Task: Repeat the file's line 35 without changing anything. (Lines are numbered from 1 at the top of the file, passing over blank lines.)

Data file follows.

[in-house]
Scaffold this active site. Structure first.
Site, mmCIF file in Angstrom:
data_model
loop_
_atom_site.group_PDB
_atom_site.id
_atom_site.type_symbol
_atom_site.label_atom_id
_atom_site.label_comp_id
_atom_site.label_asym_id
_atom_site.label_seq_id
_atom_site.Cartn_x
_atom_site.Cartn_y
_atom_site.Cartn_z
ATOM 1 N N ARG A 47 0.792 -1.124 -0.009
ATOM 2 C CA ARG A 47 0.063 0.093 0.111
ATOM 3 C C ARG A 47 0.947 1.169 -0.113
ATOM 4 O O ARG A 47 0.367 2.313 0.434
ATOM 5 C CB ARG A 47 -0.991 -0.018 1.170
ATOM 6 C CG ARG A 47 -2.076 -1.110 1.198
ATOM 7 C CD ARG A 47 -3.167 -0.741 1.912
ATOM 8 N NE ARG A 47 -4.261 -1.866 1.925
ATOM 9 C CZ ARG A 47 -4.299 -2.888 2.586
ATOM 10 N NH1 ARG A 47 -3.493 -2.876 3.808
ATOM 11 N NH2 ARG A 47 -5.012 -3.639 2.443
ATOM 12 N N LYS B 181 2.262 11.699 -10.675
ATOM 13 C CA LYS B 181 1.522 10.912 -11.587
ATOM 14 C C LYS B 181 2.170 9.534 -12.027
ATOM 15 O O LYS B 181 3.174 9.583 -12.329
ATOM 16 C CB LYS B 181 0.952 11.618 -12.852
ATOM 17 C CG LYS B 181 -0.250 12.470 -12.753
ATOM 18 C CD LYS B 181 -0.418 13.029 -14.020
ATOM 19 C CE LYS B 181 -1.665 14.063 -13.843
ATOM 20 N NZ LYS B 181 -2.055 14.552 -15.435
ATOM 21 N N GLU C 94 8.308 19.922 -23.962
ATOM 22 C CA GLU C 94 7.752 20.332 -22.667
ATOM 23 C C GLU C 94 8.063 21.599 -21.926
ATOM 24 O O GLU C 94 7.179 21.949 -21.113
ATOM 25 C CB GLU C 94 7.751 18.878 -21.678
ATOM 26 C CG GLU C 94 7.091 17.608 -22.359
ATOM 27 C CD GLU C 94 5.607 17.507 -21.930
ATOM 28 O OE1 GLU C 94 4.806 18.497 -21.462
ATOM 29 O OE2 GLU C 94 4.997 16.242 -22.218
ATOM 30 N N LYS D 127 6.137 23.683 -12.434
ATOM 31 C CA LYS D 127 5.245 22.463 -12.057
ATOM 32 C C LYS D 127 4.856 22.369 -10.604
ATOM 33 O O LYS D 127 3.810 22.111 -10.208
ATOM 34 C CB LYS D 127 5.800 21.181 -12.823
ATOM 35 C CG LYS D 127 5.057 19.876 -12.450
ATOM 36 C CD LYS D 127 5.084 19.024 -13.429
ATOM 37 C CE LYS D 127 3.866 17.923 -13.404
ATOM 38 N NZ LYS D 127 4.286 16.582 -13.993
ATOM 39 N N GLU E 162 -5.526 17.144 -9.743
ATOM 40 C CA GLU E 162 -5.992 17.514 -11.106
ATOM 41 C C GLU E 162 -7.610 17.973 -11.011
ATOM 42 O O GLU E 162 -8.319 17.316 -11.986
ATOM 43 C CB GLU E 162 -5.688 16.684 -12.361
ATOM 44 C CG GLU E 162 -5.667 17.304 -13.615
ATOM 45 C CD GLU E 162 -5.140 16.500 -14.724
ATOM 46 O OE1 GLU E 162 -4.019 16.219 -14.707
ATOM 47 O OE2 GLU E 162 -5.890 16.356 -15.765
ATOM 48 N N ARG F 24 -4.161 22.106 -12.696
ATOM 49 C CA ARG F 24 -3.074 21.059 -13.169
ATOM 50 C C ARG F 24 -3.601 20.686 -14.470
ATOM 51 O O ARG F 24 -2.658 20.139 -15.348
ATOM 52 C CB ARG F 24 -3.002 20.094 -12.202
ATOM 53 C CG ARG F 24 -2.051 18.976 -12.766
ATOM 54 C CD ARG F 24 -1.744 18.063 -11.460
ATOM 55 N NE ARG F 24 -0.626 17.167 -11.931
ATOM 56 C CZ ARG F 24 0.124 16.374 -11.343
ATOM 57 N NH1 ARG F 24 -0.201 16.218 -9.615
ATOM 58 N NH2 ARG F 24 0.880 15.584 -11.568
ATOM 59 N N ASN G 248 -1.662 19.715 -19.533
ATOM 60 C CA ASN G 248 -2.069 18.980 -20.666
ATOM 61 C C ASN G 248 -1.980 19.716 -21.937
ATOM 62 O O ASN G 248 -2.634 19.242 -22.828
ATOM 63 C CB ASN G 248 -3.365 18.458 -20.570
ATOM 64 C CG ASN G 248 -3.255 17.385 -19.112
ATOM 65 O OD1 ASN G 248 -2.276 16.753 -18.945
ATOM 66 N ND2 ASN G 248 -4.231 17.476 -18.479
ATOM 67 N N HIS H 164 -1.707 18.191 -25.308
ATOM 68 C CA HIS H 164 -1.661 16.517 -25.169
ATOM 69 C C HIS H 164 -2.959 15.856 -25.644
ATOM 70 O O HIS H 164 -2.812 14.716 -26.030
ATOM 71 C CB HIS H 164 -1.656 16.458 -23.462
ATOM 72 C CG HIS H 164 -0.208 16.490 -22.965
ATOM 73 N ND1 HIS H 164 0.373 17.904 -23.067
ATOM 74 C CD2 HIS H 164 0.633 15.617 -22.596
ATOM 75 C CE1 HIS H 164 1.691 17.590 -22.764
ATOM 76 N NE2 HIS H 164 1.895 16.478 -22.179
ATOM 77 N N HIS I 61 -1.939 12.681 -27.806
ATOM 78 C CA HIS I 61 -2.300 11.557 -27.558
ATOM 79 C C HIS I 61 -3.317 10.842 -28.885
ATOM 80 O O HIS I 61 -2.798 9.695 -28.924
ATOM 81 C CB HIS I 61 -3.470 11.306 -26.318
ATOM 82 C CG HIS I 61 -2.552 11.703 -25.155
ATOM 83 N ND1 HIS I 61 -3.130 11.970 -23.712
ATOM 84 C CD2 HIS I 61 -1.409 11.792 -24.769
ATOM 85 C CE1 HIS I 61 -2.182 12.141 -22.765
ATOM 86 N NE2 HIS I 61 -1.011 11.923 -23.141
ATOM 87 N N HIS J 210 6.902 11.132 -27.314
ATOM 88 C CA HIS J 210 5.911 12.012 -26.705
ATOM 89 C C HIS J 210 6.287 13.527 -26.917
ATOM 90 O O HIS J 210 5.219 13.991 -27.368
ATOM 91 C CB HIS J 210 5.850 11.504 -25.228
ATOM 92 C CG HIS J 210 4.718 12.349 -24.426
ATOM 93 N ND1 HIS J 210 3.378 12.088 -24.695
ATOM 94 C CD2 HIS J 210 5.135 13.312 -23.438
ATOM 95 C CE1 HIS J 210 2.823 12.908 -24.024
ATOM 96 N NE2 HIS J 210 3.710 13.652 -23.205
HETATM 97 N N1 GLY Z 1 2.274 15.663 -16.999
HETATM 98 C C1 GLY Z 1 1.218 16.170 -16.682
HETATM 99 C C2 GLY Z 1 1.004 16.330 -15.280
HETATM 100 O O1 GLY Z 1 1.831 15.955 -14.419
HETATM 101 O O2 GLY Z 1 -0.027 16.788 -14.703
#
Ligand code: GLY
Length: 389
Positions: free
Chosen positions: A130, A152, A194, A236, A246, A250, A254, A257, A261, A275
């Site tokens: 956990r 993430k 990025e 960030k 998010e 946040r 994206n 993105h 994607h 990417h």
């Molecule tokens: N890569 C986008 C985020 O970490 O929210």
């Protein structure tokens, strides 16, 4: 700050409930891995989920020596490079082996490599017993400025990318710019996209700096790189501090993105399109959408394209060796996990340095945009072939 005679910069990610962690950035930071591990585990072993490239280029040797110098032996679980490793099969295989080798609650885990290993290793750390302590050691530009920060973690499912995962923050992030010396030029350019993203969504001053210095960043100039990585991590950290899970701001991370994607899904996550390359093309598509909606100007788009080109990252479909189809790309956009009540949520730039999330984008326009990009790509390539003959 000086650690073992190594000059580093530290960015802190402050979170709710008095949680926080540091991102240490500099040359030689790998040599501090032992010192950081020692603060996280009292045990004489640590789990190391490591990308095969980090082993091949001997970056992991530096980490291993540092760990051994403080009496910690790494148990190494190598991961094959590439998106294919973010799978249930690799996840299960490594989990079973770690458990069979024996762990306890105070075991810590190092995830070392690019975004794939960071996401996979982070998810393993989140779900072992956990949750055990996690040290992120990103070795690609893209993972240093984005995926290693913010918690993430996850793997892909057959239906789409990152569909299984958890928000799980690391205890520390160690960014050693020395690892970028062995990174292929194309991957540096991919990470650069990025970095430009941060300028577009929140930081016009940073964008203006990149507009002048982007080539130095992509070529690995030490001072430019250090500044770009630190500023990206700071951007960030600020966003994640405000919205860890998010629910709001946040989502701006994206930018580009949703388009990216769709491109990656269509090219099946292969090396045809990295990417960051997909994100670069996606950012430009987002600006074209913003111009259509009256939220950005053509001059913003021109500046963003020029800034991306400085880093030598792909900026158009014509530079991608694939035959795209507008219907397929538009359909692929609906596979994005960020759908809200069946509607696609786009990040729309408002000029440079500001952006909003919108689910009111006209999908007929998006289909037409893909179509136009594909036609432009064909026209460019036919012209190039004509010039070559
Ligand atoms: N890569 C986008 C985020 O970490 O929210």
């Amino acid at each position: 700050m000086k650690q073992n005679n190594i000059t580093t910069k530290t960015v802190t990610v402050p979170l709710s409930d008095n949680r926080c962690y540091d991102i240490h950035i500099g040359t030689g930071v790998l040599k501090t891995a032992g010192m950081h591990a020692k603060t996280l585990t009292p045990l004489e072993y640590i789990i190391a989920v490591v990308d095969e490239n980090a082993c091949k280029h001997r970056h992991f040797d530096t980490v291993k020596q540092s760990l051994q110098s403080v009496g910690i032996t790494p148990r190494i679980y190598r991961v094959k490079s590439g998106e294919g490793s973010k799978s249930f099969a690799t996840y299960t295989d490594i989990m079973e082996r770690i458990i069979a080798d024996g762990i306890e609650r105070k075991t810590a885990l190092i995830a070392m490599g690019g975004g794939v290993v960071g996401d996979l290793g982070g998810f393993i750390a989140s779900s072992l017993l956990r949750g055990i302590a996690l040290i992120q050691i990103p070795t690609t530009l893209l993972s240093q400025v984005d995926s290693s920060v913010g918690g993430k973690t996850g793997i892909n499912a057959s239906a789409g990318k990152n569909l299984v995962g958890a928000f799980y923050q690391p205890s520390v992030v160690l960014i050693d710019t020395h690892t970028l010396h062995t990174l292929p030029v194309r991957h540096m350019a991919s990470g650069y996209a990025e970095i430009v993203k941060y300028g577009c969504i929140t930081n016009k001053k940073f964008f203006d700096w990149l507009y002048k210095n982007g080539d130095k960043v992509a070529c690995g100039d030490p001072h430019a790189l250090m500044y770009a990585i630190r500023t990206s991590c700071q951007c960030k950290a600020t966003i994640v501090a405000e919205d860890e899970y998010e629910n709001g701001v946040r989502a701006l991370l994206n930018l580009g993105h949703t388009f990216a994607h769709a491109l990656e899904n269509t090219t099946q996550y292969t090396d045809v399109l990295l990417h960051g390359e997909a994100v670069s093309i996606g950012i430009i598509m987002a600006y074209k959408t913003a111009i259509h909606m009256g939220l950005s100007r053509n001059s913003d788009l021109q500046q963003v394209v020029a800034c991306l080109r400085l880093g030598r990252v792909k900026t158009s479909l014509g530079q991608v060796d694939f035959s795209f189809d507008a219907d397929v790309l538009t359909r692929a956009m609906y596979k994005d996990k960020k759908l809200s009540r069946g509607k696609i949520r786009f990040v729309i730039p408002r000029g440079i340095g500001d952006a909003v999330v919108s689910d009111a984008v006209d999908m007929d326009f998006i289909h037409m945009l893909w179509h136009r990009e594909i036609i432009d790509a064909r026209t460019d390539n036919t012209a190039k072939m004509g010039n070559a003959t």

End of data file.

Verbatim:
ATOM 20 N NZ LYS B 181 -2.055 14.552 -15.435